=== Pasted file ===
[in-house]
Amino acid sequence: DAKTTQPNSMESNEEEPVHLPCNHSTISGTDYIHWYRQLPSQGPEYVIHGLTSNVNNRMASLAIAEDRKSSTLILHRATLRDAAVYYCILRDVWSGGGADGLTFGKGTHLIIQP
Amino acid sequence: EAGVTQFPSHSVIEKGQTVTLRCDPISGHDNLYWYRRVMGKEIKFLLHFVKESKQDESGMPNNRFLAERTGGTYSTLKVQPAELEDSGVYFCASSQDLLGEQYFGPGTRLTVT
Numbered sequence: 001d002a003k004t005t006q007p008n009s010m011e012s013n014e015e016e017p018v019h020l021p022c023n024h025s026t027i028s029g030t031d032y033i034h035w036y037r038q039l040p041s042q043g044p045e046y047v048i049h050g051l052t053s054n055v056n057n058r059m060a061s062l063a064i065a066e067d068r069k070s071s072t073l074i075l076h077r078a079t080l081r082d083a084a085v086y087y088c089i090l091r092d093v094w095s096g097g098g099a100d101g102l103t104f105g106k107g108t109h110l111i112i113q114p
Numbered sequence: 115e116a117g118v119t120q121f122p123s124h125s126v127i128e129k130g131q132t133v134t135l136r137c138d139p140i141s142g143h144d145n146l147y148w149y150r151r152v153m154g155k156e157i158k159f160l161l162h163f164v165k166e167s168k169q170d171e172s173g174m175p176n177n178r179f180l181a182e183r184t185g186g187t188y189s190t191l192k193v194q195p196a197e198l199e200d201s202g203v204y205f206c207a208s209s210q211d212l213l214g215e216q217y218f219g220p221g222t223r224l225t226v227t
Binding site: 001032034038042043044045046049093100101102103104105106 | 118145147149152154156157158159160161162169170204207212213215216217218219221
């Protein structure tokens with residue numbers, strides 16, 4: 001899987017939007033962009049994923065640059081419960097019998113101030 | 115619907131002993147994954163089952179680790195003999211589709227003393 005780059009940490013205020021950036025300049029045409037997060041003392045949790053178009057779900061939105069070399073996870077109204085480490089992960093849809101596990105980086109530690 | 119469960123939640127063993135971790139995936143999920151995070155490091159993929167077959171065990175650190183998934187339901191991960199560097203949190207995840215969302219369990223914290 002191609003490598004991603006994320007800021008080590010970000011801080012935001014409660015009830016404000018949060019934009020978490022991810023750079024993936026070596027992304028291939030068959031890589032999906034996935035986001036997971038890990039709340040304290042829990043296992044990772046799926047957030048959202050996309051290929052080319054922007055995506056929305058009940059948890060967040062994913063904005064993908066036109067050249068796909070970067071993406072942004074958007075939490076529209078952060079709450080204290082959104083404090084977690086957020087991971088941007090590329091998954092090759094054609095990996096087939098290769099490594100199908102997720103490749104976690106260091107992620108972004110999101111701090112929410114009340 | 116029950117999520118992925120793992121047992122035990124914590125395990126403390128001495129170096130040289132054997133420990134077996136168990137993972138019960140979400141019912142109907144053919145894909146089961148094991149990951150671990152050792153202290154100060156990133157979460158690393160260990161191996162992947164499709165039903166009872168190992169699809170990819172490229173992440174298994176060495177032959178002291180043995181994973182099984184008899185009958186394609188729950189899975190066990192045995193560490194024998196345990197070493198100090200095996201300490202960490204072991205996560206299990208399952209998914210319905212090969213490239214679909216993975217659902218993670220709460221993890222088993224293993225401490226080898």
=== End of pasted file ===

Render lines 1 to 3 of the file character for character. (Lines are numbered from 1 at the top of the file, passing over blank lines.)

[in-house]
Amino acid sequence: DAKTTQPNSMESNEEEPVHLPCNHSTISGTDYIHWYRQLPSQGPEYVIHGLTSNVNNRMASLAIAEDRKSSTLILHRATLRDAAVYYCILRDVWSGGGADGLTFGKGTHLIIQP
Amino acid sequence: EAGVTQFPSHSVIEKGQTVTLRCDPISGHDNLYWYRRVMGKEIKFLLHFVKESKQDESGMPNNRFLAERTGGTYSTLKVQPAELEDSGVYFCASSQDLLGEQYFGPGTRLTVT